Moon landing: Michael Collins’ secret behind Neil Armstrong's Apollo 11 selection revealed

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On July 20, 1969, NASA completed the seemingly impossible Apollo 11 mission to put the first two men – Neil Armstrong and Buzz Aldrin – on the Moon. Mr Armstrong made history, jumping off the lunar lander Eagle and delivering his legendary “one small step” speech to the millions watching back on Earth. The late astronaut became an overnight sensation after planting the US flag into the lunar surface and bringing an end to the Space Race with the Soviet Union. 

However, his selection by NASA boss Deke Slayton was no mistake.

Michael Collins, who joined Mr Armstrong on his journey revealed the real reason for his selection more than 50 years ago during Altitude Films’ “Armstrong”.

The 89-year-old said in July: “There was one command seat and in it was a fellow named Neil Armstrong, why was that? Why was he the one?

“If you take the short view it is because he was the best qualified, he’d been a combat pilot during the Korean war and proved his mettle there.

“He was flying the X-15, and that put him above and beyond all of the rest of the candidates.”

Mike Collins revealed the truth behind the Apollo 11 selection

Mike Collins revealed the truth behind the Apollo 11 selection (Image: GETTY)

The Apollo 11 crew

The Apollo 11 crew (Image: GETTY)

You have to consider what he was going to be like after the flight

Michael Collins

But Mr Collins revealed Mr Slayton was looking at the much wider picture.

He added: “But if you take the longer view, you have to consider what he was going to be like after the flight.

“That was equally important.

“They knew he wasn’t going to go out and drink too much or make a fool of himself, he was a straight arrow. 

“A lot of people criticised Neil because he didn’t get out and sell the story.

Mike Collins speaking in July

Mike Collins speaking in July (Image: ALTITUDE)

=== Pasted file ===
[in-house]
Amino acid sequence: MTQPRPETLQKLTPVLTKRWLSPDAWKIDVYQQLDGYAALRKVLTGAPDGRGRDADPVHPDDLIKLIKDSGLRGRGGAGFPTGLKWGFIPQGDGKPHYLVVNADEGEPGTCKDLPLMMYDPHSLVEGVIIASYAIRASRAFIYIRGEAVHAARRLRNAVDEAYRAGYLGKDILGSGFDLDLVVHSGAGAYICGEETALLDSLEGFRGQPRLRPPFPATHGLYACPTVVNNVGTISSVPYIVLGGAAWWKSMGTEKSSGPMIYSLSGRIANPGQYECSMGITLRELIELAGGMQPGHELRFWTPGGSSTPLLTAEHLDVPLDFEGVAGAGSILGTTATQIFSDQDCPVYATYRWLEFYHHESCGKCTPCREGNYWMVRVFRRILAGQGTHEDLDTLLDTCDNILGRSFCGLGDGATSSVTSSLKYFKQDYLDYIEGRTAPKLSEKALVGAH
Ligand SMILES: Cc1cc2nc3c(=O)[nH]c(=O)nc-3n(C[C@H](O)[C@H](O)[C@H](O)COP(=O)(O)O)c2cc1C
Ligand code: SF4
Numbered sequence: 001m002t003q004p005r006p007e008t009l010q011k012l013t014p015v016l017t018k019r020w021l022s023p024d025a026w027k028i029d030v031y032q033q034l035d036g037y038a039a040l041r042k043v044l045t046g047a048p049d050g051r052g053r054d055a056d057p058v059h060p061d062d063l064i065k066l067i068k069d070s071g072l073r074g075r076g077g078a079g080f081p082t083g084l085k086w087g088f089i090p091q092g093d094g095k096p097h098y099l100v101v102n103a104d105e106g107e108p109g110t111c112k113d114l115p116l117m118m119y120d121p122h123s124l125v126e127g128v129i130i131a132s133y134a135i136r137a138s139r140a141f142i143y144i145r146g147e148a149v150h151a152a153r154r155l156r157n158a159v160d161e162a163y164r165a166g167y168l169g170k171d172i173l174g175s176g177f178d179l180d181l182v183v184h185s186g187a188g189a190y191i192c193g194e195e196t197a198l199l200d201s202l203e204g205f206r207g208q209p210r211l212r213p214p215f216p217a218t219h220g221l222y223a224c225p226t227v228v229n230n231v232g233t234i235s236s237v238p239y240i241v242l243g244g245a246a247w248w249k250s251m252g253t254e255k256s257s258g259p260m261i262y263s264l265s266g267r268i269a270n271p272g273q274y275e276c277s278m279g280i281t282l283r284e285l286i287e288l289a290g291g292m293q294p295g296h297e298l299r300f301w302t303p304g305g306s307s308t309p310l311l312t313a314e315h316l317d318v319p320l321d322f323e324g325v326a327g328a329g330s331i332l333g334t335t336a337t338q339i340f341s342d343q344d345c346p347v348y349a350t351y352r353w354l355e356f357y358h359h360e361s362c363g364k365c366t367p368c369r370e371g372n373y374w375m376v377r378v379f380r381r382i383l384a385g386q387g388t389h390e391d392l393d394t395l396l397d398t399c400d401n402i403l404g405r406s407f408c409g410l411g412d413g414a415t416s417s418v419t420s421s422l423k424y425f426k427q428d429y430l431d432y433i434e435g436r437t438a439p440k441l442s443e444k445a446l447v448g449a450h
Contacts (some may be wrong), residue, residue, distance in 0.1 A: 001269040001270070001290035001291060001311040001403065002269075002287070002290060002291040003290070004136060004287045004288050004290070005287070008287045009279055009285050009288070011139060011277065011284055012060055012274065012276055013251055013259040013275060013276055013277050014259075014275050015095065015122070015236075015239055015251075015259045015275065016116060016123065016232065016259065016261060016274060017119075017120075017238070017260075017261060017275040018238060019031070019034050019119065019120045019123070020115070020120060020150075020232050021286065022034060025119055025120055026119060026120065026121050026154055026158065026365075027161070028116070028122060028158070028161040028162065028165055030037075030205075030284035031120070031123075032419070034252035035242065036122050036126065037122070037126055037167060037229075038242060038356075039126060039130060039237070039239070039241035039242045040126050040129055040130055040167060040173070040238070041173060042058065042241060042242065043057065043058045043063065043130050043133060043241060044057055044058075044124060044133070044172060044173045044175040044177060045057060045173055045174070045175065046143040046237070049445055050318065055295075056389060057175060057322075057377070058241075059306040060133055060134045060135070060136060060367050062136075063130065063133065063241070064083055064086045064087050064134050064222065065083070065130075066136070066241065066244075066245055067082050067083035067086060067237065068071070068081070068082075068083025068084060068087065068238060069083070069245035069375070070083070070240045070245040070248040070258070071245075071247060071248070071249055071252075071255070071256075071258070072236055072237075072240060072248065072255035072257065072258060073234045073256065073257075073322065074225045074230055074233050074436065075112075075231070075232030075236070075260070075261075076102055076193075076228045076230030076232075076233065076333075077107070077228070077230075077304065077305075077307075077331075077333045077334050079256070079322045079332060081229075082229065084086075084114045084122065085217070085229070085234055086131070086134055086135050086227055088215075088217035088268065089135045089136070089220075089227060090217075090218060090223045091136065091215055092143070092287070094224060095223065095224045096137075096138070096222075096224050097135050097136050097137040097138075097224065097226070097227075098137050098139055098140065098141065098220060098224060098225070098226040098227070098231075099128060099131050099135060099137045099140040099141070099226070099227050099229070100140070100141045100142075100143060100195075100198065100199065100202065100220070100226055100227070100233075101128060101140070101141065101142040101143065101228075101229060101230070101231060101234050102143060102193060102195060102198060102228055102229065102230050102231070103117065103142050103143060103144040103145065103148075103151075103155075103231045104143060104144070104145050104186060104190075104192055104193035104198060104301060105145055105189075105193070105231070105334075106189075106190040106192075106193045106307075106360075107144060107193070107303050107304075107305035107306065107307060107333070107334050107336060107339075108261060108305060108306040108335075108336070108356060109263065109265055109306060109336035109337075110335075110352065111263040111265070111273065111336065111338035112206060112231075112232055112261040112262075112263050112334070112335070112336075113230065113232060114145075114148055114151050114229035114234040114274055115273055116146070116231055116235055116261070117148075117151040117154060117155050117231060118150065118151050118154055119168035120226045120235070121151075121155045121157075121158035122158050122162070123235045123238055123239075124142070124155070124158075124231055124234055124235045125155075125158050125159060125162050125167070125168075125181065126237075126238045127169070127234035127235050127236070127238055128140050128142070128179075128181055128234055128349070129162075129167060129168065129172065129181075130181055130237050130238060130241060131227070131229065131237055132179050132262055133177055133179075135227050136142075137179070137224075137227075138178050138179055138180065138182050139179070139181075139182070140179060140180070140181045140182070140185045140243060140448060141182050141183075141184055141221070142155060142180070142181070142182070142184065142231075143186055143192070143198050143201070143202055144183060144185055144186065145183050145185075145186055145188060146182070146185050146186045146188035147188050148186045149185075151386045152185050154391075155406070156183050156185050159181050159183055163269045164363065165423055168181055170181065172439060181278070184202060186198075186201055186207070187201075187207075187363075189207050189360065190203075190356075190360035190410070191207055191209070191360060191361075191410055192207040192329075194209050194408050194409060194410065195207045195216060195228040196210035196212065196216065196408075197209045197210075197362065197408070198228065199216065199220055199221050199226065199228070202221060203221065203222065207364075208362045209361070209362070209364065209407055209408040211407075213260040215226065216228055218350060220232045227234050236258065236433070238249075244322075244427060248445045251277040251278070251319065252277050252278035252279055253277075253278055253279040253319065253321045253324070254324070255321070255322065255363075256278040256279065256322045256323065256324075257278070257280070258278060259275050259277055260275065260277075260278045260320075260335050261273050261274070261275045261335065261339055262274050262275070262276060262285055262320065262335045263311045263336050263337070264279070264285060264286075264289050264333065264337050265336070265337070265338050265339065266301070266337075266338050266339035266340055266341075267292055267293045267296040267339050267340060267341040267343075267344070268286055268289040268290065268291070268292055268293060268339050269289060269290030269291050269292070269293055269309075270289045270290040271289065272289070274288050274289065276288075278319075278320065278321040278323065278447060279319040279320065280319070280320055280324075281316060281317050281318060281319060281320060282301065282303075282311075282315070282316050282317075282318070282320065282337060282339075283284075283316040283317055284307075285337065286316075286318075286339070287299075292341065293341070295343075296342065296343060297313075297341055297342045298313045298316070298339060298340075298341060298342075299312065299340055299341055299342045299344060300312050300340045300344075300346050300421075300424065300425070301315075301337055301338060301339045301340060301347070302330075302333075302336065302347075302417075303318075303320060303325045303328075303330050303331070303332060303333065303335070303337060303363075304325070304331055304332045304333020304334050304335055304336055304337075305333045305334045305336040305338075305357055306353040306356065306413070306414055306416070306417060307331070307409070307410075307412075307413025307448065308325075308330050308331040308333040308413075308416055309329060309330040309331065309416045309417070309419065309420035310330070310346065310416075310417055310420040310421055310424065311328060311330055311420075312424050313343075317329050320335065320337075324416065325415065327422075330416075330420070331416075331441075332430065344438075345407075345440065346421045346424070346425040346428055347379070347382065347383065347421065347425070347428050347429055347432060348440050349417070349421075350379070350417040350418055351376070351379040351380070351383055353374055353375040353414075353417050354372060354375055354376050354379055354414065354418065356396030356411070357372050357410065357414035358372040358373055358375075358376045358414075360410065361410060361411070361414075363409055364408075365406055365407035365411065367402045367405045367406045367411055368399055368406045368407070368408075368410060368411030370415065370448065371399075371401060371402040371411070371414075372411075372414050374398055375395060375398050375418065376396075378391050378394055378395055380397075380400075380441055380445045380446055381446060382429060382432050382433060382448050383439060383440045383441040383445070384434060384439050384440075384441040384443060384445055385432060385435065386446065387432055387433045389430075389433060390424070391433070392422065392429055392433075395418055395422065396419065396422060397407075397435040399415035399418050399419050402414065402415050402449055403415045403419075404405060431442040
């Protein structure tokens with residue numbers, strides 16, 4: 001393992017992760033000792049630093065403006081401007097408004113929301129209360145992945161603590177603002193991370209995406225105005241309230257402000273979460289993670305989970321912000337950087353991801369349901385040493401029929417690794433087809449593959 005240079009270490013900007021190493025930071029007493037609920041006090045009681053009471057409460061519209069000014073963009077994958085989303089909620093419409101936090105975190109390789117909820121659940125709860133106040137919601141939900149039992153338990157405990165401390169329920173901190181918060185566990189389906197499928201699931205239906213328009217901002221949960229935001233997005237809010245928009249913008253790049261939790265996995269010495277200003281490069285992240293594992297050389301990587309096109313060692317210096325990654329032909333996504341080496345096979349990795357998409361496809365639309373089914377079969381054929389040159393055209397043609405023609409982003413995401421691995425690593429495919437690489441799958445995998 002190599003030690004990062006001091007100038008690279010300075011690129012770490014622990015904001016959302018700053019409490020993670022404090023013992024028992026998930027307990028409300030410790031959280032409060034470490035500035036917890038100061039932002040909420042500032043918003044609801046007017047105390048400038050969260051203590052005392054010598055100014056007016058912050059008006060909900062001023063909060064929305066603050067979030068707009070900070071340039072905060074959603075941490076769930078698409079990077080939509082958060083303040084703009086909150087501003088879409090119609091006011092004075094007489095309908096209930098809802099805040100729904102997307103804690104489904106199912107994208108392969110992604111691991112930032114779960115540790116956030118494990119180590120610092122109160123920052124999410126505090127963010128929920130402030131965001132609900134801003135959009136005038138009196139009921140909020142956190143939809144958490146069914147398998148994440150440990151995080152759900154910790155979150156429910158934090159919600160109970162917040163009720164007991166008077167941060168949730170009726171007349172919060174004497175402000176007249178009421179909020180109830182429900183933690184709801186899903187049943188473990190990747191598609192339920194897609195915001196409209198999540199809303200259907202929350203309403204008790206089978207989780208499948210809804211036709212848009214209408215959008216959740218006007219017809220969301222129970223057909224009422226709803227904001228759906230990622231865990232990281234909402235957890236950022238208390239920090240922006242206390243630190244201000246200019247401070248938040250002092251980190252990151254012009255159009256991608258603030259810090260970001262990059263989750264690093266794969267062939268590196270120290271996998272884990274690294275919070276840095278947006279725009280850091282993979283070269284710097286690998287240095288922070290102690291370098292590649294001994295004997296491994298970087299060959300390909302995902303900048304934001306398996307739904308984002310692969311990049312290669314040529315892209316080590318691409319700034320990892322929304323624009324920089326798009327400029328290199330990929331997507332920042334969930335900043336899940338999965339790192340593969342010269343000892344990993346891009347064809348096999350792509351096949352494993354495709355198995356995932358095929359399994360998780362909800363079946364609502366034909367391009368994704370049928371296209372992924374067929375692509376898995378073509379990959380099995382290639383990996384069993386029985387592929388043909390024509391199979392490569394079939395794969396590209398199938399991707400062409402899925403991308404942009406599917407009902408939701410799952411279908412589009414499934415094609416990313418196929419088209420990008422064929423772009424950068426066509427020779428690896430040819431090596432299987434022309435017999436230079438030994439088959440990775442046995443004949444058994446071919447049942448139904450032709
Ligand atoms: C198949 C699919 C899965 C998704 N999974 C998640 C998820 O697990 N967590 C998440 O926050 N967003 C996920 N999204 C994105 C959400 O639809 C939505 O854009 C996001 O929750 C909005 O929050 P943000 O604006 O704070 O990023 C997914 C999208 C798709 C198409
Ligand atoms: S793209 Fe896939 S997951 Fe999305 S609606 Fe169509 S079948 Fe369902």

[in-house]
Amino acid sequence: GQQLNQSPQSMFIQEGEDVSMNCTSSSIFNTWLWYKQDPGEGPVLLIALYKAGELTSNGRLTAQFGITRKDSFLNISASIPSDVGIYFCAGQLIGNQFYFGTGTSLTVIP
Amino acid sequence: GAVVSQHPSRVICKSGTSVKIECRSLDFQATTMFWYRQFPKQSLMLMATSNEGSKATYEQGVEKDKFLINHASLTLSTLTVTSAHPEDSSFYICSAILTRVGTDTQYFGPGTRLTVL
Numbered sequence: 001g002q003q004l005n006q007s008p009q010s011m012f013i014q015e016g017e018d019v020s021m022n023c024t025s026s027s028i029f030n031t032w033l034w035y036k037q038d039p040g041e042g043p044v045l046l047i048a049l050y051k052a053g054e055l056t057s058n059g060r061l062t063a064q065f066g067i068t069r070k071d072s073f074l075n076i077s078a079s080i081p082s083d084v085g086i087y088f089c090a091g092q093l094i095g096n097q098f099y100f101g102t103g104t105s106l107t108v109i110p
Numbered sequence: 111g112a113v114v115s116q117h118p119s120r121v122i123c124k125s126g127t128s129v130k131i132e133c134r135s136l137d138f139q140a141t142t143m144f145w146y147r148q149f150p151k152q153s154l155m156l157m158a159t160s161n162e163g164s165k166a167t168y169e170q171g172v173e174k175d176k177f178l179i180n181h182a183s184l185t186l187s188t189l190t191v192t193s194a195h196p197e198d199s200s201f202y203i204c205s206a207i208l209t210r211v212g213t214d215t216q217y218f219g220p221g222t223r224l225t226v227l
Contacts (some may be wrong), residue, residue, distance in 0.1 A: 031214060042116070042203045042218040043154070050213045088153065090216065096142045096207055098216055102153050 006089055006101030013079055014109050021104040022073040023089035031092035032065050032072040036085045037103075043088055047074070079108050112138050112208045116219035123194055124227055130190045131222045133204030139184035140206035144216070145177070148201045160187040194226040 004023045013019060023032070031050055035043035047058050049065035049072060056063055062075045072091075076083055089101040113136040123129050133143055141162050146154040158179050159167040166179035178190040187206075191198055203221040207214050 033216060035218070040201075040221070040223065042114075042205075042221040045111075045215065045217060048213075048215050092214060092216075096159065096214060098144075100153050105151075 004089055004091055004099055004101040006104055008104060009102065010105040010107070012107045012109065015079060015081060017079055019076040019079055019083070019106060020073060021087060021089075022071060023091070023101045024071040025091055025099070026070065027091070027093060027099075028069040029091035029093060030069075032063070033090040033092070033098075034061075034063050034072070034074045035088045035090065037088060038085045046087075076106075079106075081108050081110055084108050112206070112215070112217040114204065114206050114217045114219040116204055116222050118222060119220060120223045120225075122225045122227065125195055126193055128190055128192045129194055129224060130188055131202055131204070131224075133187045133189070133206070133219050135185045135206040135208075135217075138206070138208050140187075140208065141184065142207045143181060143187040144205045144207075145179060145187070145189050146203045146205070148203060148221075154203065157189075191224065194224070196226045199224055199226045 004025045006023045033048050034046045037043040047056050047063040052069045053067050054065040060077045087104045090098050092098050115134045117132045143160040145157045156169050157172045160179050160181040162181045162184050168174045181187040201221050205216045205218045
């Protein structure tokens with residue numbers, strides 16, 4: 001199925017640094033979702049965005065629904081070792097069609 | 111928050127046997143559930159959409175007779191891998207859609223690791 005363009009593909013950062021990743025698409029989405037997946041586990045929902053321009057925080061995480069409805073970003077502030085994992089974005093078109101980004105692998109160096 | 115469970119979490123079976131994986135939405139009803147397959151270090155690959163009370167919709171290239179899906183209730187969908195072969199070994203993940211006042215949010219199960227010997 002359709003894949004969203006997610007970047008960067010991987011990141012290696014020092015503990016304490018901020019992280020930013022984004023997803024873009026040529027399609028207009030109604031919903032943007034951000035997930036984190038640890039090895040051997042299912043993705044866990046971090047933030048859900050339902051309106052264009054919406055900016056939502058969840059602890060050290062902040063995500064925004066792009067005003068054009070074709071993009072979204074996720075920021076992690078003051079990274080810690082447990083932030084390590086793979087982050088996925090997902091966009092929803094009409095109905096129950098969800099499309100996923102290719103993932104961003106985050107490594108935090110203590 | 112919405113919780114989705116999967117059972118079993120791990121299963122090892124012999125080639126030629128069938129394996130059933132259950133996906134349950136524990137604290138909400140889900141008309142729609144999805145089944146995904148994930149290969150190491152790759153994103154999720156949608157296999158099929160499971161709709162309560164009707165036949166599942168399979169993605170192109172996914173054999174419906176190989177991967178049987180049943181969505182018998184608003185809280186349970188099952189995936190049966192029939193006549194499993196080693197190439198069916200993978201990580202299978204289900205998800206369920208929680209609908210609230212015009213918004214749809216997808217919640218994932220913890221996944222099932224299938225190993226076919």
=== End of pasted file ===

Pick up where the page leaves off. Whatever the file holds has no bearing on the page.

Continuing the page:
“But I think he was much more effective in his quiet life.”

Mr Slayton’s decision did not go down well, though, especially with Mr Aldrin.

James Donovan revealed during his book “Shoot for the Moon” how Mr Aldrin lost his temper when he worked out he would play second fiddle in the mission and decided to stick it to NASA and Armstrong himself.

He wrote: “When Aldrin heard a rumour that Slayton had decided that Armstrong would be the first to walk on the Moon, he was not happy.

“He also heard that Neil’s civilian status was a reason for the choice – NASA wanted to make a clear statement about the non-military nature of the landing and of the American space programme as a whole.

“Aldrin decided to confront Armstrong about it.

Deke Slayton with his Apollo 11 crew

Deke Slayton with his Apollo 11 crew (Image: GETTY)

Buzz Aldrin on the Moon

Buzz Aldrin on the Moon (Image: GETTY)

“According to Aldrin, Neil ‘equivocated a minute or so, then with a certain coolness, I had not known he possessed he said that the decision was quite historical and he didn’t want to rule out the possibility of going first.’”

However, according to Mr Donovan, his scheming did not stop there.

He added: “Aldrin approached a few other lunar module pilots and used charts and graphs and statistics to show why he, and they, should step out on the Moon before other crewmen.

“When he tried to discuss it with Mike Collins, Mike cut him off. 

Aldrin also bugged Apollo 10 commander Tom Stafford, who was involved in mission planning.

““He pushed for the final mission plans to show the LM exiting first.”

Apollo 11 timeline

Apollo 11 timeline (Image: GETTY)

But Mr Slayton put an end to the quarrel.

Mr Donovan added: “Slayton heard about Aldrin’s evangelising and decided a talk with him was necessary. 

“He explained that since Neil had seniority, it was only right that he be the first. 

“Aldrin would later claim that this satisfied him, it had been the ambiguity, he said, that he found unsettling.

“Buzz may have been okay with the explanation, but his father wasn’t.

“Soon after Buzz told him about it, the elder Aldrin contacted high-placed friends with connections to NASA and the military and tried to have the plan changed.”

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